I had not been in Macondo long before I realized I was not the only one living in my room. In fact, it was my first real day as a PCV at site. It had been about two weeks since site visit and I was cleaning up, unpacking, deciding how to decorate my new space.
I had no furniture in the bedroom, so my things were on the floor. I lifted some folders up and saw something flutter. It looked like the tear away tags on the black plastic bags you find everywhere (and I mean everywhere). I almost ignored it but for the feeling that the movement was too controlled. I peered closer and sure enough, it was a little mouse. I could hear Rauf outside and I called him to help. He went for it with no hesitation. In fact, he accidentally stepped on it, stunning it. He grabbed the tail and gently swung it against the wall. It was enough to kill it. I resolved then and there, I needed a cat.
The mice run along the beams of the ceiling, pooping as they scramble along. Because of that and dust that finds its way in through any cracks and gaps, I installed a canopy to catch the debris and make it easier to clean. I also did not want the stuff falling onto my cooker and food. In the evenings, I would come in, only to startle the mice into exposing themselves on my cooking table. ‘How did they get up there?,’ I wondered. I was cleaning one day and for some delayed reason, only then did I think to lift up the gas stove. Shockingly, I was shocked to find it covered with mouse droppings. To think I had been cooking mere inches above this toilet!
I must confess: in all mouse sightings, I scream stereotypically like the women on TV. It is not something I am proud of. And yes, I have even leaped onto a couch. How come I do not react like this when I see a camel spider?
I got Iceni, the cat, a few weeks after arrival. It became apparent she was not going to be solely an indoor cat – she would have been miserable. I started to let her out about two weeks later – petrified she would run away. Luckily she came back, knowing there would always be food for her. One evening I was about to start cooking and had seen a mouse run off the cooking table. It hid somewhere in my couch/bed (even though we sealed it off for this exact reason). I knew I would not catch that one. Something told me to check under the cooker and I spotted a pair of beady black eyes staring at me. Cue Iceni. She had just seen me walk inside and wanted in too. I picked her up, lifted off the stove pot holders and placed her on top. She knew immediately there was a treat in there for her. By this point she was an experienced mouse catcher – not her first rodeo at all.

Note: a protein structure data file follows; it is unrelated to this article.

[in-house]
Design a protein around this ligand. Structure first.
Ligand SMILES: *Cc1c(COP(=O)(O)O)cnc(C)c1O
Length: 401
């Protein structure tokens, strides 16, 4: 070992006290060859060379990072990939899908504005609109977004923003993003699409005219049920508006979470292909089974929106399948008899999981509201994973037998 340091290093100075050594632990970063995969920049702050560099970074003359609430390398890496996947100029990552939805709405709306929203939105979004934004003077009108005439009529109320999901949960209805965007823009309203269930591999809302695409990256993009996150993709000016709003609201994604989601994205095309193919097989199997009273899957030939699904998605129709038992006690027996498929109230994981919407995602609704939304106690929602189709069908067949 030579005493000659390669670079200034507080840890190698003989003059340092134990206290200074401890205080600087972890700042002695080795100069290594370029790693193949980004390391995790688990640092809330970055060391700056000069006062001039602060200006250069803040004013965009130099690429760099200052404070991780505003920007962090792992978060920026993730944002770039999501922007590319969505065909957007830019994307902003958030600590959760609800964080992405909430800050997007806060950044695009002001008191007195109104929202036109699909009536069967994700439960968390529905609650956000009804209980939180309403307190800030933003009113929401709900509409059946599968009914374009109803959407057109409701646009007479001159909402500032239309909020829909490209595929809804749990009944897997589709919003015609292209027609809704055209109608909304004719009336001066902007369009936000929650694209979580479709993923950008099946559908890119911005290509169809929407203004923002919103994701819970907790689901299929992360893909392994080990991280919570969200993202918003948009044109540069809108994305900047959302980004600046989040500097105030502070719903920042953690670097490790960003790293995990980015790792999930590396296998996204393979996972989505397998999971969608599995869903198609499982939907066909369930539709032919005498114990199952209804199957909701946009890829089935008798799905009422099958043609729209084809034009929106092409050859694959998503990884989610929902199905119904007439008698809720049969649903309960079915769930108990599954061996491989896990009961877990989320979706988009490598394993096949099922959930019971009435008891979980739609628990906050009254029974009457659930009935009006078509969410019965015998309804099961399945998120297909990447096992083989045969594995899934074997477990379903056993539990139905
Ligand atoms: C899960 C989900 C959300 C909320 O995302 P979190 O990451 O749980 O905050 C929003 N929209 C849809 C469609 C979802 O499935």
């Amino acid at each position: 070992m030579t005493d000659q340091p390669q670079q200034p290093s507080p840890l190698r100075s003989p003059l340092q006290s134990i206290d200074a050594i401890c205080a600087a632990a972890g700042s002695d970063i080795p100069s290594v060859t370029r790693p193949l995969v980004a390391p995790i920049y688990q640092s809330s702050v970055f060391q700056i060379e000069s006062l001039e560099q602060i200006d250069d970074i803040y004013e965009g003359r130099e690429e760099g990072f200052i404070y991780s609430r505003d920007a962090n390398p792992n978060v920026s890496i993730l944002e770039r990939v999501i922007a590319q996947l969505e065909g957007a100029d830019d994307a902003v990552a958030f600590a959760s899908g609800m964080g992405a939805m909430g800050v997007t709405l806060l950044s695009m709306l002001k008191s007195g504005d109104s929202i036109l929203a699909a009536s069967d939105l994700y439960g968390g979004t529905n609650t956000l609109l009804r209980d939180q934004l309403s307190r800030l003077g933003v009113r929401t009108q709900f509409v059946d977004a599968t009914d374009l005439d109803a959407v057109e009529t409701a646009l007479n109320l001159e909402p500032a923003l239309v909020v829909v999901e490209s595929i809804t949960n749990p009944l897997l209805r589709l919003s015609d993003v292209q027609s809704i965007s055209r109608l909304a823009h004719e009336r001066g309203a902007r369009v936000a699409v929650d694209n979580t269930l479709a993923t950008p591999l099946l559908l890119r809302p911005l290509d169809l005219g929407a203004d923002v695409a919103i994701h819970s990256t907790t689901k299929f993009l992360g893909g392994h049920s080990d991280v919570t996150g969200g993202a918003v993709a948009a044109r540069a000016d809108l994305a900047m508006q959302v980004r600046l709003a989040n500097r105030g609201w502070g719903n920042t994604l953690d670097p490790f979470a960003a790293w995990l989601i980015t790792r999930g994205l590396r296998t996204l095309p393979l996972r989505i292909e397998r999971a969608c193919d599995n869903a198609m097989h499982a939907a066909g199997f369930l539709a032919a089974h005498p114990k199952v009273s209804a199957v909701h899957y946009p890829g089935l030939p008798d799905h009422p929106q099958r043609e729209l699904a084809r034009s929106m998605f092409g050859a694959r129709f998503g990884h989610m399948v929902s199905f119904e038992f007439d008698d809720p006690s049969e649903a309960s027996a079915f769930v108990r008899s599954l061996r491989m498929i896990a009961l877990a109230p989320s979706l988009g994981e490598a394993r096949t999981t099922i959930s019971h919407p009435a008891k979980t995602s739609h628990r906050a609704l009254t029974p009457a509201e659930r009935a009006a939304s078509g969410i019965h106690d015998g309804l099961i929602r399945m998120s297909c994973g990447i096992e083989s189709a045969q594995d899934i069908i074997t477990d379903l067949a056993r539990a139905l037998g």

March rolls around and it is too hot to sleep indoors. No wind and the rooms take an entire night to cool of from having the sun pound the zinc roofs and mud walls all day. I actually enjoy sleeping outdoors, of course under my mosquito net; it feels like I am camping. One morning, just before sunrise, Iceni paws at my mosquito net, meowing. I am shooing her away, embarrassed – she’s probably waking up the rest of the house, especially as all of us are sleeping outside. I roll over and feel something soft, yet firm, press against my hip. I am awake enough to think ‘that is odd, how did my blanket ball up like that?’ Feeling like the Princess and the Pea, I bring my hand down to push it out of the way. I brush something distinctly furry. *GASP* I shove up onto my knees, eyes wide. Things are only just becoming visible but still only shadows. I fling up my blanket and a solid mass flops onto the edge of my mosquito net. HOW did it get in?! – I had tucked in all sides of the net! I pull up the net so the mouse falls outside. Iceni appears in a flash, snatching it up. I collapse back onto my mat, too tired to do anything else; the brief commotion having exhausted me and I try to fall back a sleep. However, I cannot. Iceni has taken her prize to the space between the wall and the mosquito net, right by my head and is happily munching away. Each crunch sounding like ‘I tried to warn you mom’
Since then, things have been more peaceful. Every now and then, Iceni darts past me into the room, to privately consume her catch. Or she does uncover a tiny thing that somehow got inside. But it has been a few months now since any incident. The mouse droppings that miss my canopy and under my stove (which I now regularly clean) are the only visible sign they are really still there. I guess they have learned to hide better.
Iceni just had two babies. They will be remaining indoors for a while. Is it hopeful to think all three will scare the mice far away?